Take the example of a sales goal: A sales goal might be: “I want to close a sale this week.” At first, that seems like a decent goal but it’s based on an end-state… and one that is not entirely in your control. As a result, you run the risk of not achieving the goal in the way you want. (Perhaps you close a sale but not a very big one; or perhaps you laid the foundation to close a massive sale the next day — either way, the achievement is different than the end-state you worked towards). And, the success of this end-state goal is only partly determined by you but it’s also partly determined by an external factor outside of your control — the person or organization you are selling to.

A better goal is one built around an activity. Something you do; something that is entirely up to you. There are no external factors. The measurement of success is easy. You gain so much clarity.

To use the same example of a sales goal: An activity-based goal might be “I want to make 10 sales calls today.” I like this better because the success of this goal is based on you, not an external factor. And, it’s much easier to determine whether you were successful than if you used an end-state goal.

As an added bonus, activity-based goals also give you a better sense of how much time you have available to complete them.

Again, to use the sales example: Closing one deal a week may take many hours in the week… but how much? It’s hard to be accurate and therefore you open yourself up to over-committing. But the activity-based goal of making 10 sales calls a day is much easier to estimate the time required.

So rather than sitting down at the beginning of the week and thinking “I need to close a sale this week”, you’re instead sitting down at the beginning of the week (and each day that week) and thinking “I need to make 10 sales calls today.”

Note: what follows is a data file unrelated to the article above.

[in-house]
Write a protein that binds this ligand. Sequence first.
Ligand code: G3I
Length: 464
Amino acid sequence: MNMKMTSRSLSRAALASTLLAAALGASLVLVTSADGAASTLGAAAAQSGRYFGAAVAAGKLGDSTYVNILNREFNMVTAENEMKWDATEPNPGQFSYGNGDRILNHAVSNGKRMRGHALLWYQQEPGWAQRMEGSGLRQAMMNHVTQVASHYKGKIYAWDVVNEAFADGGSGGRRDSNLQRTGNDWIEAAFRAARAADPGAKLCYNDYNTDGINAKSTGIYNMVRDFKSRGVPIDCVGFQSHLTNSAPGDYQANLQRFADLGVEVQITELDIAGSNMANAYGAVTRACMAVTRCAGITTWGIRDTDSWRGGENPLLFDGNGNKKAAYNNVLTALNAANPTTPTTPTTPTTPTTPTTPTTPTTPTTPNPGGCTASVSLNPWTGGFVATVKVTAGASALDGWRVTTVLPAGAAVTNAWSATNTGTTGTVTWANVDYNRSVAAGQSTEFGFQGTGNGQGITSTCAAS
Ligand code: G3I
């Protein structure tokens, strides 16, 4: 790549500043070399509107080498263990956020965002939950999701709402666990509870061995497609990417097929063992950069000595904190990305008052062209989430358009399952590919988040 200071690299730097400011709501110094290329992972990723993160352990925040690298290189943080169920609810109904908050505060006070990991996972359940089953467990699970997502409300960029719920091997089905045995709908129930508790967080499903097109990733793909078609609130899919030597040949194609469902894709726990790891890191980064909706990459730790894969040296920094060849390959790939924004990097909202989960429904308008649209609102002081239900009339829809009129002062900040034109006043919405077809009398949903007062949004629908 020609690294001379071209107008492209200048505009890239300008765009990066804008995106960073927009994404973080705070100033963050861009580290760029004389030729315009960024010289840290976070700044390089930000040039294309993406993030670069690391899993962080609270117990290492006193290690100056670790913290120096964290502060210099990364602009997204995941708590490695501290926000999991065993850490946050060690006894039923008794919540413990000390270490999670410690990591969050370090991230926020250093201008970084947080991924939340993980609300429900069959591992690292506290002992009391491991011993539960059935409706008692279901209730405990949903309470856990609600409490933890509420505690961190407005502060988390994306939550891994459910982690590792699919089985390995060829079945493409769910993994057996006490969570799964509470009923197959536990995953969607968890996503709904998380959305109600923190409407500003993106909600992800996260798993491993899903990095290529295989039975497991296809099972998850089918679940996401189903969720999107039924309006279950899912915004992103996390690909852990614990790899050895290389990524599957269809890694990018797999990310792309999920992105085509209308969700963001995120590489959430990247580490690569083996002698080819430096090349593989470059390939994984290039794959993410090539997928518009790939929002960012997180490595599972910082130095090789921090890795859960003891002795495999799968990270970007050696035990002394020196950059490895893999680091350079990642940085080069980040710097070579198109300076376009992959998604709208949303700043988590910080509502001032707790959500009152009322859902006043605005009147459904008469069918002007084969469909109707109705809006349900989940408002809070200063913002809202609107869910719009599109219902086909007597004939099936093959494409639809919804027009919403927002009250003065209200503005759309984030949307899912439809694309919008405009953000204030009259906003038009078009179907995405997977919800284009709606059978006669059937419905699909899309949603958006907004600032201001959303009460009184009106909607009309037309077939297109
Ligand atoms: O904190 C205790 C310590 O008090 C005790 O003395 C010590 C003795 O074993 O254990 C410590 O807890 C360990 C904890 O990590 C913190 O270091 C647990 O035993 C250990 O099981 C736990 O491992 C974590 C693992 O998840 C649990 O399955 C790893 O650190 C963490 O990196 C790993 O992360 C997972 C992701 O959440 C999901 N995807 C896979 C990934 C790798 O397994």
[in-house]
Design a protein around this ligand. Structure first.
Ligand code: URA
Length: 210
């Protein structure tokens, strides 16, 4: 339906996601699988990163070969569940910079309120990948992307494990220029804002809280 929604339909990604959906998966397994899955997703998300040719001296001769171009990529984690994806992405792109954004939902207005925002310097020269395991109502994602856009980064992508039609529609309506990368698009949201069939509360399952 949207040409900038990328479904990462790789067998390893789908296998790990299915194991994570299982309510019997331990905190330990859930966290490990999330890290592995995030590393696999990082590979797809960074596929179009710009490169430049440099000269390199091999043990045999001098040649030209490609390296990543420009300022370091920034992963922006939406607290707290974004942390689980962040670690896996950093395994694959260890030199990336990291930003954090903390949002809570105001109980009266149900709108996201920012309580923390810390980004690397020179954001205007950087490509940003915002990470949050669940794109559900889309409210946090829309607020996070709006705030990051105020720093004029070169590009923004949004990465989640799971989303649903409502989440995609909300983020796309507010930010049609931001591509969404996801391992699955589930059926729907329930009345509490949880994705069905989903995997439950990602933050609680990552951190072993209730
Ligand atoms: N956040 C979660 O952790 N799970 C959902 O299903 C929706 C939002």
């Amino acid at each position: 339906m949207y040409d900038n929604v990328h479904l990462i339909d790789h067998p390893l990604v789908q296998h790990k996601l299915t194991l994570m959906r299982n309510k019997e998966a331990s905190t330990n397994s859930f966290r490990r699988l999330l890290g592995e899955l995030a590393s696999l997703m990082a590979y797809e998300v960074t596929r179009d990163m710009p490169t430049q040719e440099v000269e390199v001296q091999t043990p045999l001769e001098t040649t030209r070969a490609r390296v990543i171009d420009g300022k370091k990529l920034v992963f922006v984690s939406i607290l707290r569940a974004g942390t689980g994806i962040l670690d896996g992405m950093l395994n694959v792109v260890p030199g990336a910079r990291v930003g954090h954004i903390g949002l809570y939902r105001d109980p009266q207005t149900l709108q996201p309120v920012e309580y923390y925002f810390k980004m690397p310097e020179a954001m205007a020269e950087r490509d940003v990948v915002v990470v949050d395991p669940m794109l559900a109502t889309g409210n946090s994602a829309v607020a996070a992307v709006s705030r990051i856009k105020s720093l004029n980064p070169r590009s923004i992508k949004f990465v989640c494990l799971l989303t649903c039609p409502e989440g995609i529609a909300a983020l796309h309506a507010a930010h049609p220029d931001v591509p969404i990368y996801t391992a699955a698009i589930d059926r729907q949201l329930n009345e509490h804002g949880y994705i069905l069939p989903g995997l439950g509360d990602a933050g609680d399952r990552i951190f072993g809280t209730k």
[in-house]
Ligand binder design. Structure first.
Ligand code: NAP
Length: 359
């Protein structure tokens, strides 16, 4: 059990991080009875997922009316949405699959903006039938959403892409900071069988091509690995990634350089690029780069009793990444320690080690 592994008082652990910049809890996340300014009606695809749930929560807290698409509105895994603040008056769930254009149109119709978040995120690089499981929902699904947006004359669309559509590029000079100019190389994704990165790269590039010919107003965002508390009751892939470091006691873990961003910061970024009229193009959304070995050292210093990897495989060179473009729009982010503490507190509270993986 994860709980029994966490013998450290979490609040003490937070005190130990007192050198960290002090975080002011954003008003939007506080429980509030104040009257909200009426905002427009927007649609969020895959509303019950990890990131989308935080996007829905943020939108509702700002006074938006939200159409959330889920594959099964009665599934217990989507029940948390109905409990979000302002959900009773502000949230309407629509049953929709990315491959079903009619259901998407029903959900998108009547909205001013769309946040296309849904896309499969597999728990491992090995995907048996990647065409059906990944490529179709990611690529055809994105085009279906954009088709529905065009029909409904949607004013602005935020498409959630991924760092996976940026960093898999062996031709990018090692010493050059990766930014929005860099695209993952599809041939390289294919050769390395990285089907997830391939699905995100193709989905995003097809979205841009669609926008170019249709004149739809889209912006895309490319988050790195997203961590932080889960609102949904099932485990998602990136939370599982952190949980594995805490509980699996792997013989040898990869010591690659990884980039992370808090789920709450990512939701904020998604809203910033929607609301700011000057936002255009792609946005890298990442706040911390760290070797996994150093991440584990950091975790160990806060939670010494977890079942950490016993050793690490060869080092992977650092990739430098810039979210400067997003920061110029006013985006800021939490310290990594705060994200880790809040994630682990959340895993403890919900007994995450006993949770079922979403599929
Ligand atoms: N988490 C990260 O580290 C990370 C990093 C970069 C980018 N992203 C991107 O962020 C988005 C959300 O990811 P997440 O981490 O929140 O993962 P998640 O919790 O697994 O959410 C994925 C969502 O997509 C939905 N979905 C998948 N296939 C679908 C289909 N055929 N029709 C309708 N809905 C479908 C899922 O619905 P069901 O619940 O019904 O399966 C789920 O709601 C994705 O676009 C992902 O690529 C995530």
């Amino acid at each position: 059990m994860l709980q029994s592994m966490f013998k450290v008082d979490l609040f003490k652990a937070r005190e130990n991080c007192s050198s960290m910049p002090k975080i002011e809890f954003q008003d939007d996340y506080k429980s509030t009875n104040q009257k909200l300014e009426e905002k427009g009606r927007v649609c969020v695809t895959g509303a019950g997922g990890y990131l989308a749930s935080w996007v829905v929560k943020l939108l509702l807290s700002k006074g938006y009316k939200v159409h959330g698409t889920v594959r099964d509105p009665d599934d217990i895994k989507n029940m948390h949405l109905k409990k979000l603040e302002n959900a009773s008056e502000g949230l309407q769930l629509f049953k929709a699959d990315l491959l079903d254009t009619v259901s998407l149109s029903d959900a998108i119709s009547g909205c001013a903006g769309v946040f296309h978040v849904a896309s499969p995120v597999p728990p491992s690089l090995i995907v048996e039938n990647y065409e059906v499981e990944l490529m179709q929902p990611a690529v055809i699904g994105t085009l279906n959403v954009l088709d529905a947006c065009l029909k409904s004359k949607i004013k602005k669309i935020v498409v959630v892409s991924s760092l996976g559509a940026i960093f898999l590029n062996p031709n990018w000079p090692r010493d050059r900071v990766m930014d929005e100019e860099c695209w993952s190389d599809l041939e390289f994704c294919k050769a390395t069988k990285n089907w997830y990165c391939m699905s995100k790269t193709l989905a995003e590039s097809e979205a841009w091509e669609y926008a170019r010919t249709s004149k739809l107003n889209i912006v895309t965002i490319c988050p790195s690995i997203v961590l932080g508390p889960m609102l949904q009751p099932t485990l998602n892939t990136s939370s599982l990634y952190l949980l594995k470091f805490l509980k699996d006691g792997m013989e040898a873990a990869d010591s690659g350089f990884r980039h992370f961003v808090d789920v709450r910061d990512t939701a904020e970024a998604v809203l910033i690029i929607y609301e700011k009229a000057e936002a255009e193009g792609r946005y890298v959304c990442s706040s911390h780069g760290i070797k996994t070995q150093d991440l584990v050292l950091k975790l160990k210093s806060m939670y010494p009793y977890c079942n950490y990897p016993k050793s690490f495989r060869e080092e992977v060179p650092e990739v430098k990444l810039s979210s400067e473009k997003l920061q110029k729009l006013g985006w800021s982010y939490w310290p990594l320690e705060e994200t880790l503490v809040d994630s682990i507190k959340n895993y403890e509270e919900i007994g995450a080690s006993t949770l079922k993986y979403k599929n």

That’s a huge, clarifying, freeing difference.

This concept ties nicely into the GTD methodology: When I create Next Actions to be completed during the week, I fell into the trap of creating Next Achievements… of creating mini end-states that I would work toward. So I need to remind myself of the importance of Next Actions and to build activity-based goals to achieve each day.

When service runs cold, so does my patience: Two water heater companies compared

(This post is an unsolicited, unpaid review of two hot water companies in Winnipeg, based solely on my negative experience with one and my positive experience with the other).

While I was a real estate investing conference in Columbus Ohio recently, my hot water heater broke. Fortunately, my brilliant wife caught it right away, turned off the water going into the tank, and started looking into what needed to be done to fix it.